Reality based Republicans

by Henry Farrell on January 29, 2005

I heard Chuck Hagel speak at the World Affairs Councils meeting in Washington DC yesterday (C-Span link “here”: ), and thought it was pretty interesting. The content was vague, as is typical for US politicians warming up for a run at President, but in tone. Hagel was very clearly setting out his stall as the anti-Bush on foreign policy issues. He began his talk by talking about the need to focus on the allies, then spoke of how US public diplomacy had “lost its way,” of how our experience in Iraq should give us pause about trying to impose democracy by force etc etc. Most interesting in the short term, he hinted at some openness to the idea of Senate hearings on the disaster in Iraq, speaking at length about how Senator William Fulbright had come in for enormous criticism from his own party for holding hearings on Vietnam back in the day, but had been vindicated over the longer run. In Hagel’s words, we “should not be party to a false consensus on Iraq, or any other issue.” I’ve no idea of whether anything will come of this – but Hagel seemed to me to be presenting a possible opening for Democrats and reality-based Republicans.



Brett Bellmore 01.29.05 at 6:05 pm

I suppose there’s always a slot for at least one Republican Senator who’s respected primarilly by Democrats… And McCain IS retiring soon, isn’t he? But Hagel should consider that the Democratic primary is likely to be contested in 2008, so relying on crossover votes to secure the nomination is likely to be even less successful for him, than it was for McCain.


Cranky Observer 01.29.05 at 7:20 pm

Is there any Republican out there with moderate views, particularly moderate views on international relations, who thinks he can actually get anywhere near the nomination? How exactly would he placate the evangelicals?



Amos 01.29.05 at 7:25 pm

Sure, Hagel can act like he’s the anti-Bush, but he was also one of the four lead senators that encouraged Bush to nix-Kyoto – the original anger-the-world Bush move.


otto 01.29.05 at 8:02 pm

In Hagel’s words, we “should not be party to a false consensus on Iraq, or any other issue.”

What other issues might Hagel think are prone to false consensus within the Republican party?
1. Budget deficits dont matter?
2. No action on global warming?
3. Israel made the Palestinians a “generous offer” at Camp David and Taba?
4. Military options shd be used to prevent Iran getting nukes?

Suggestions please.


Andrew Edwards 01.29.05 at 9:37 pm

If Hagel was a democrat, Drudge would be running “Hagel compares Iraq to Vietnam… DEVELOPING”. Instapundit would be calling him ‘unhinged’ within minutes.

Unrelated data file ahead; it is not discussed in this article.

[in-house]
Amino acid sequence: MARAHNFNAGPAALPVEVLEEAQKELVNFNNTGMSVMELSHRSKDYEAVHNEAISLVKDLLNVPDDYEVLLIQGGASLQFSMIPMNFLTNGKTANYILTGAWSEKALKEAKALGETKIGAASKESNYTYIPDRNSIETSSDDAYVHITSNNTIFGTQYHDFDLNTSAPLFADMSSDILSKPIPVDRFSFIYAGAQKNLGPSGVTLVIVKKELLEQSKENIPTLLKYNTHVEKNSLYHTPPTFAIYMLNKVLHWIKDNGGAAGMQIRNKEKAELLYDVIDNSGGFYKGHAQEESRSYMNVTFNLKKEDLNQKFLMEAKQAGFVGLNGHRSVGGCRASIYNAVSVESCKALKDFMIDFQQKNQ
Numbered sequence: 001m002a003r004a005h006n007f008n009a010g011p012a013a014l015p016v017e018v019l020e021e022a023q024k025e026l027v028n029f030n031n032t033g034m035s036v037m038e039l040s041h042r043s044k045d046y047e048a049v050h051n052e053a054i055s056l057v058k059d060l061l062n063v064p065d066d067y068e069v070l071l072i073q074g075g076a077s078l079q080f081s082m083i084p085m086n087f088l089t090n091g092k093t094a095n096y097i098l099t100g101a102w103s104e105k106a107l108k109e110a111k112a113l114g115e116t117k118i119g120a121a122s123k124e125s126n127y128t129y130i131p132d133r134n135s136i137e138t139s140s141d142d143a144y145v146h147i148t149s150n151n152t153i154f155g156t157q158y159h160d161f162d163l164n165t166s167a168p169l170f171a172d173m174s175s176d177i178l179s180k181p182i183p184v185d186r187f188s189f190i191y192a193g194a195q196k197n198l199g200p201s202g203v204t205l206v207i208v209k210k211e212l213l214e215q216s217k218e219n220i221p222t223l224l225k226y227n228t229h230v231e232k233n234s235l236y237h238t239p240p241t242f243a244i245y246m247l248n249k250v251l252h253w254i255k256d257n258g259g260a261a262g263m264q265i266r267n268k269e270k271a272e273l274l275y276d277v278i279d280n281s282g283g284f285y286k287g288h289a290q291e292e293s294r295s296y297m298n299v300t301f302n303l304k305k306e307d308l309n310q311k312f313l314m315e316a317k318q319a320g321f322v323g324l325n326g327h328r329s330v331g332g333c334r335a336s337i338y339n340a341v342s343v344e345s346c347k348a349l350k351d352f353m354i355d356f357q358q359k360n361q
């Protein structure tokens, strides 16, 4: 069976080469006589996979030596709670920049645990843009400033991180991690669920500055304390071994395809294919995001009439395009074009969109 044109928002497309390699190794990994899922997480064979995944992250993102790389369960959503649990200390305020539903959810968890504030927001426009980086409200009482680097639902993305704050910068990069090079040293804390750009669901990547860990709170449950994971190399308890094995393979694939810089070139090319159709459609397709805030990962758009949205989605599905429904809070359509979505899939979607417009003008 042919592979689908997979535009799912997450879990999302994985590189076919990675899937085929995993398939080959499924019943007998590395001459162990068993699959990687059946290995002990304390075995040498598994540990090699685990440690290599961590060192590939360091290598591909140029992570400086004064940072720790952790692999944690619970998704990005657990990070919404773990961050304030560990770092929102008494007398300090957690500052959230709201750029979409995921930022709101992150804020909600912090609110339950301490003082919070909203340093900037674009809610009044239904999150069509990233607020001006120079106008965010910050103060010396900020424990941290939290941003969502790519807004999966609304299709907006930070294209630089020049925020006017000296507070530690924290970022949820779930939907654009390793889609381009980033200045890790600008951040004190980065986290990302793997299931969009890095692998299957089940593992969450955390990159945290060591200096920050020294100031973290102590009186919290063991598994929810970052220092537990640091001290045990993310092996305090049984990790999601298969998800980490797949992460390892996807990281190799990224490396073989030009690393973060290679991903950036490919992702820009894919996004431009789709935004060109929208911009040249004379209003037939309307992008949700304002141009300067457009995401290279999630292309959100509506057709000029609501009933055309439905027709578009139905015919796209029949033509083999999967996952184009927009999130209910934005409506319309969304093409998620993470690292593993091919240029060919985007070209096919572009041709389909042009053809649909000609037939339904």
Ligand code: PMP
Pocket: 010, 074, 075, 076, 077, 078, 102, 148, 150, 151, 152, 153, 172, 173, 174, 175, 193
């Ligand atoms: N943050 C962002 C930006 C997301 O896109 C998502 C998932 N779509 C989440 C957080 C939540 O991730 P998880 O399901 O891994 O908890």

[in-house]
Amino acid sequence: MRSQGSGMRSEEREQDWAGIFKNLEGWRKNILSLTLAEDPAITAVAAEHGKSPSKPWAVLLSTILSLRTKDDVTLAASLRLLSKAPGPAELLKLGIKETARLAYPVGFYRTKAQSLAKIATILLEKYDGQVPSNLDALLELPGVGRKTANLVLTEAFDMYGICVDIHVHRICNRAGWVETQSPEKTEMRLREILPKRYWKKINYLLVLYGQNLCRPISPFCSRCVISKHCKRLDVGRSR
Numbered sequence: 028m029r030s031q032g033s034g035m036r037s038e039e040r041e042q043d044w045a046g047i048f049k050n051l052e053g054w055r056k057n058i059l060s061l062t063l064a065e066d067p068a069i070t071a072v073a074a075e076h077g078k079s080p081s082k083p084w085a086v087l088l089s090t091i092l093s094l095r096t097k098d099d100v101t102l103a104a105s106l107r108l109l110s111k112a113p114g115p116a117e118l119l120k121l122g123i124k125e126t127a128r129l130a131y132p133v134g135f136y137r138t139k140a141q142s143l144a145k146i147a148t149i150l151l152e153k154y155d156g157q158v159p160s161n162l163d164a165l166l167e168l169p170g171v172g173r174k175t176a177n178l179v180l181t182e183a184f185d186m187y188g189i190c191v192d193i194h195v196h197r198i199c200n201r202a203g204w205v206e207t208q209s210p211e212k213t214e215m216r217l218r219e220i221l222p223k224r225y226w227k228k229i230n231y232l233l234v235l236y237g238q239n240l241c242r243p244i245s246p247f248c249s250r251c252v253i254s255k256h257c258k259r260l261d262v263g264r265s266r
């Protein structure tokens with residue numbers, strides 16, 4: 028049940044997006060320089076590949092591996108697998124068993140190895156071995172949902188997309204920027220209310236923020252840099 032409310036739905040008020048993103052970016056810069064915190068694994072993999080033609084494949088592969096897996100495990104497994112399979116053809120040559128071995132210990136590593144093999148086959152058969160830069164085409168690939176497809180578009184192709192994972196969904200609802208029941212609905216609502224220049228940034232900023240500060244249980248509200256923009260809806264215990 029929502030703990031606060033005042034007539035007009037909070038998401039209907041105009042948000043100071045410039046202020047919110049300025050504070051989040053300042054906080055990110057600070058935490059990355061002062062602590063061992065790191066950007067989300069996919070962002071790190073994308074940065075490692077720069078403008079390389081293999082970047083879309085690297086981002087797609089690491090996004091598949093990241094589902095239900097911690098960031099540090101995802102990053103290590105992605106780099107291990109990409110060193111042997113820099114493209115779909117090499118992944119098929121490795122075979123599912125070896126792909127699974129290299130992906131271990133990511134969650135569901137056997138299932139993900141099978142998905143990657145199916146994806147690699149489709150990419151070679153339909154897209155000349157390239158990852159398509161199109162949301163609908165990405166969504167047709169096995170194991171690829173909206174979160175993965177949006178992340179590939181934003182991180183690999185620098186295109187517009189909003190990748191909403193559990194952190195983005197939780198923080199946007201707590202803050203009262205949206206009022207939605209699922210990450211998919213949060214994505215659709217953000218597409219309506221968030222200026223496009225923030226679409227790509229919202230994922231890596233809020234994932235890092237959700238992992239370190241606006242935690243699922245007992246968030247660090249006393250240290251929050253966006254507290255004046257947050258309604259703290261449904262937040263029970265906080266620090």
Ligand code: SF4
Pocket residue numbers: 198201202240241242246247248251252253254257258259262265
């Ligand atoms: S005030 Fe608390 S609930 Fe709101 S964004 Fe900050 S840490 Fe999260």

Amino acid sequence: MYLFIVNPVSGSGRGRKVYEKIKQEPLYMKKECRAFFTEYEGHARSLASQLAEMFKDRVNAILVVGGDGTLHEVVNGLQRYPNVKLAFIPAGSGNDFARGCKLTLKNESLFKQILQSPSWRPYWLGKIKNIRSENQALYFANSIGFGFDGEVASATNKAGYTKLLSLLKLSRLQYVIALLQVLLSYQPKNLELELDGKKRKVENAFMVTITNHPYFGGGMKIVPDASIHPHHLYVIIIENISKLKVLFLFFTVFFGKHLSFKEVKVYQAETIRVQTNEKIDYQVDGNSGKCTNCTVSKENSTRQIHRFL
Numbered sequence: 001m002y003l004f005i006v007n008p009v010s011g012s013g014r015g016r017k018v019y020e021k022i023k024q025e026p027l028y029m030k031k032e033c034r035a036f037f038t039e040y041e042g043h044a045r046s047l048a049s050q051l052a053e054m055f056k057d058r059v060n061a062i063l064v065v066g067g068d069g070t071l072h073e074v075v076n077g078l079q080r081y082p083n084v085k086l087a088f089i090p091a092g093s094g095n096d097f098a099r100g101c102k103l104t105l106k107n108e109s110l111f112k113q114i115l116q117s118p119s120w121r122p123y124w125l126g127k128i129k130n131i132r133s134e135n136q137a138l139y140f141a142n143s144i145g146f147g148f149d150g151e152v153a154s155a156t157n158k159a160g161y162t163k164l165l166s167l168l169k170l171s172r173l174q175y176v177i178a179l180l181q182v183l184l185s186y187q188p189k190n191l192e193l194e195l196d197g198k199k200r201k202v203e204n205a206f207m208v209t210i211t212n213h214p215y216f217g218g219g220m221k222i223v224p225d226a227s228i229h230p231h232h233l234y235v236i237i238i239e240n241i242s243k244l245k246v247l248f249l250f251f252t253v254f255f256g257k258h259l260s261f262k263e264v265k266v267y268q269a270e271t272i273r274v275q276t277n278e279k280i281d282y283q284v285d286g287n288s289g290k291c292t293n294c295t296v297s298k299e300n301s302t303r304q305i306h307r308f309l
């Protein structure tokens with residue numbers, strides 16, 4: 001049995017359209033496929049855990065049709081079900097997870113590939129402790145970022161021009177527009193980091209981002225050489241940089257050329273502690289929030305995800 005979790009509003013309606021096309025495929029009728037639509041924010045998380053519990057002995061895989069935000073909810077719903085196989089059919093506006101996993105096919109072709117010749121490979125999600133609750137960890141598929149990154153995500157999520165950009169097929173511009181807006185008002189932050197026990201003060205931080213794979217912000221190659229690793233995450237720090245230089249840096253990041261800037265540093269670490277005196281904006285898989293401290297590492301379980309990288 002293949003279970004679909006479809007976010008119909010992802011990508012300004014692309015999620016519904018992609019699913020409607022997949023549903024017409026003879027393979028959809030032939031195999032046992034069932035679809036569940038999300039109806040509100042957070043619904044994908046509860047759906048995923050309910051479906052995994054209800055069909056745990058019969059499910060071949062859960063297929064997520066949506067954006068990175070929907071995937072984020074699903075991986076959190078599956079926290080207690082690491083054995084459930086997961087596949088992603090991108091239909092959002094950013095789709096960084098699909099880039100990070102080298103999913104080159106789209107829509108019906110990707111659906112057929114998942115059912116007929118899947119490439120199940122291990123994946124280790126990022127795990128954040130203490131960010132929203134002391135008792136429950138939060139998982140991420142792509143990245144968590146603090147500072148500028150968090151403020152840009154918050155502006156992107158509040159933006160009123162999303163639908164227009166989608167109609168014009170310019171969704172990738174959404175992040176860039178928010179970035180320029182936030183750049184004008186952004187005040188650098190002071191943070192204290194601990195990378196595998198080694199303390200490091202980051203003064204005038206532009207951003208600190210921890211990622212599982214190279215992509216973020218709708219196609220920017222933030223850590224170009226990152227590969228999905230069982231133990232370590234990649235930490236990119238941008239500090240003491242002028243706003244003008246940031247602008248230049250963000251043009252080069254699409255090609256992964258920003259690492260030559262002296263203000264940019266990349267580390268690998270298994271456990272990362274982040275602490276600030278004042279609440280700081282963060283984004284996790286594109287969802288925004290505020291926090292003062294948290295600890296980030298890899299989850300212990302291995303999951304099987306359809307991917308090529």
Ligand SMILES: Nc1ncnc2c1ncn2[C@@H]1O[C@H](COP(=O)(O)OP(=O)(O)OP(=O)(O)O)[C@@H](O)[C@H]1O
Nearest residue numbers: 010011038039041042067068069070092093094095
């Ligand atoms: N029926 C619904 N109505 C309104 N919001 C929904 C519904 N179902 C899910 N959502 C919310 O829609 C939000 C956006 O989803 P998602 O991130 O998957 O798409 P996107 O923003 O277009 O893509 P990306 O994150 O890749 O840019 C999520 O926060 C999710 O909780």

Jim Henley 01.29.05 at 10:09 pm

Sure, Hagel can act like he’s the anti-Bush, but he was also one of the four lead senators that encouraged Bush to nix-Kyoto . . .

Okay, that’s TWO good things about Hagel. I’m sure there are more, as well.


John Isbell 01.29.05 at 10:51 pm

What about Iran? And Hersh’s piece?


KCinDC 01.30.05 at 12:32 am

Okay, that’s TWO good things about Hagel.

Well, there is the whole being-an-executive-of-the-company-whose- machines-counted-the-votes-in-the-election-he-won thing.


Assistant Village Idiot 01.30.05 at 1:37 am

Cranky, the evangelicals may be the heart of the Bush support on several issues, but foreign policy isn’t one of them.

Reality-based. This would be the reality base that thinks Bush stole the election? Or the reality base that thinks Bush is planning a draft? It’s hard to keep all these reality-based groups straight.


MQ 01.30.05 at 2:18 am

Hey, to the aptly named village idiot: reality has to do with the very evident consequences of Bush’s various Iraq fantasies. One of which is that the U.S. military is stretched to the breaking point. Forcing the Nat’l guard to serve on active duty for years beyond their enlisted terms *is* in effect a draft. Bush will do everything to avoid the more public draft-the-kids bit because it will hurt him too much politically. But if he continues this term along the road he has been then chances are high that he will indeed be forced to do it. (I think he’ll back down before that point, but we’ll see).

Other real consequences to your country that you can sneer away while you poke around among far-left conspiracy theorists: exploding debt that will hamper us for decades to come, soaring levels of hostility to the U.S., strengthening of anti-American forces in the Arab world, etc. Snicker away.


Jim Harrison 01.30.05 at 5:15 am

Republicans like Hagel have an awful lot to answer for. They know better, but they continue to support Bush as if their political futures or even the political future of the Republican party were as important as the future of the U.S. and the world.

It’s time for the rational members of the GOP to leave the party. There is no other honorable course. Of course they won’t leave, but then profound personal degradation is a natural concomitant of imperial politics. When Bush names the first horse to the senate, they’ll be on hand with a lump of sugar and a couple of carrot to congratulate their new colleague.


Doug 01.30.05 at 11:55 am

Well it sounds like a nice start. We’ve got four years to see if anything real comes of it. Quick guide for dealing with Bush-era Republicans: First verify, then trust.


Cranky Observer 01.30.05 at 12:02 pm

As you well know, the evangelicals have colonized the Republican party and are the key voting bloc that any candidate who wants to win the general election must capture.


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